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The profits of famine: Southern Africa's long decade of hunger

Raj Patel with Alexa Delwiche

Food First Backgrounder

Fall 2002

SARPN acknowledges the www.thirdworldtraveler.com website as the source of the document.
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At the end of September, Colin Powell requested an altogether earthly intercession from Archbishop Jean-Louis Tauran, the Vatican foreign minister The Secretary of State wanted the Vatican to persuade the Zambian government to accept U.S.-supplied genetically modified (GM) food aid. With a population under 10 million and with the vast majority of people earning under $1,000 a year,' Zambia is a mouse that has roared. In refusing to accept U.S. GM corn, and by dealing with its famine by sourcing grain from within the region, the Zambian government has sent a clear signal that it understands both why famines happen and that U.S. aid is part of the problem, not the solution.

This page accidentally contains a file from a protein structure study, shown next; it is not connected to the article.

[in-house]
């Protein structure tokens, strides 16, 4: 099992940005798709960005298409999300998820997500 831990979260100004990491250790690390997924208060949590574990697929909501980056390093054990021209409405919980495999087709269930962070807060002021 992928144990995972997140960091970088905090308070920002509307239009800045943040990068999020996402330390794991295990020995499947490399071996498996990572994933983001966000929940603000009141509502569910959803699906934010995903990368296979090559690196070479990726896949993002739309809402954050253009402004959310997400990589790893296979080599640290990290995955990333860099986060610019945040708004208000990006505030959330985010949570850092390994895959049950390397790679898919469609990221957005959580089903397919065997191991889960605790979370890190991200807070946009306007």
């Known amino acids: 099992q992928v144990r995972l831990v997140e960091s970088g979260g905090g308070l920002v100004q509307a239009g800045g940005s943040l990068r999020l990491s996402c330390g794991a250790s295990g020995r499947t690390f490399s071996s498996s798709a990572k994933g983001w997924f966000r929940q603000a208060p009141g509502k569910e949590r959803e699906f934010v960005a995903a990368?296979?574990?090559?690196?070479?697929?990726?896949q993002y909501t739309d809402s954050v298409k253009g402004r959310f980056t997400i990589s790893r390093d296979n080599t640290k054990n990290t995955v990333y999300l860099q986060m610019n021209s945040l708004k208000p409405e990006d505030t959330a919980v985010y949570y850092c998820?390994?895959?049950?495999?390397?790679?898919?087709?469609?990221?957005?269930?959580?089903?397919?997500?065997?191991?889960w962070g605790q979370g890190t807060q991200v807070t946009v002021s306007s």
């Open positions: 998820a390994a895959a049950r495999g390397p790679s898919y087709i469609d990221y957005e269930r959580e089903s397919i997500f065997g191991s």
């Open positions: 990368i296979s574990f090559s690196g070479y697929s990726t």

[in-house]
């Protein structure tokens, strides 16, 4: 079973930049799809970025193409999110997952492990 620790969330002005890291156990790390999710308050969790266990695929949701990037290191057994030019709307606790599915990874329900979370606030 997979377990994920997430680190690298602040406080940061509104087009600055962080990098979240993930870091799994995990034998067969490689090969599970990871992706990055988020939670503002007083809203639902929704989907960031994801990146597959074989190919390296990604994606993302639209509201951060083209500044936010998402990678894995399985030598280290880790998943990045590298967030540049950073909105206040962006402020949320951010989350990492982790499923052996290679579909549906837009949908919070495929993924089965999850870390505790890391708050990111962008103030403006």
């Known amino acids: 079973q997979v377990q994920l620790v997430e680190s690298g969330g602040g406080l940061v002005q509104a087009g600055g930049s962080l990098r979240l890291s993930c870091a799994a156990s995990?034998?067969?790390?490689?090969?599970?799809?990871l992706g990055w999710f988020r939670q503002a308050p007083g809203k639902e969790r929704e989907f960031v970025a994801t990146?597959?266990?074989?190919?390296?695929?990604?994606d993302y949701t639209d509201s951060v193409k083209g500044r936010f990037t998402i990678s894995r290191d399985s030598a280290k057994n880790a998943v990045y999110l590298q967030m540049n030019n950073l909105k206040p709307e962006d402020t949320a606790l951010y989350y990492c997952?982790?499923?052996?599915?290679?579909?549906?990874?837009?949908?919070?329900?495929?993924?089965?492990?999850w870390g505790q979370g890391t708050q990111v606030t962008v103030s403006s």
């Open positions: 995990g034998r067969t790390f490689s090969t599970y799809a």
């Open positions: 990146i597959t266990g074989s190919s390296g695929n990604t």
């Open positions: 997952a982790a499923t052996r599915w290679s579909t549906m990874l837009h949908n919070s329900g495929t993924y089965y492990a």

By the end of 2002, a little under 15 million people will have faced starvation in Southern Africa. Lesotho, Malawi, Mozambique, Swaziland, Zambia, and Zimbabwe are among the most severely affected. Thus, while the U.S. State Department blames the Zimbabwean government for the famine there, that explanation is clearly inadequate to account for a famine that has affected the entire region. For a meaningful explanation, we need to understand what a famine means, and put it into the context of a phenomenon that has affected the entire region-structural adjustment.



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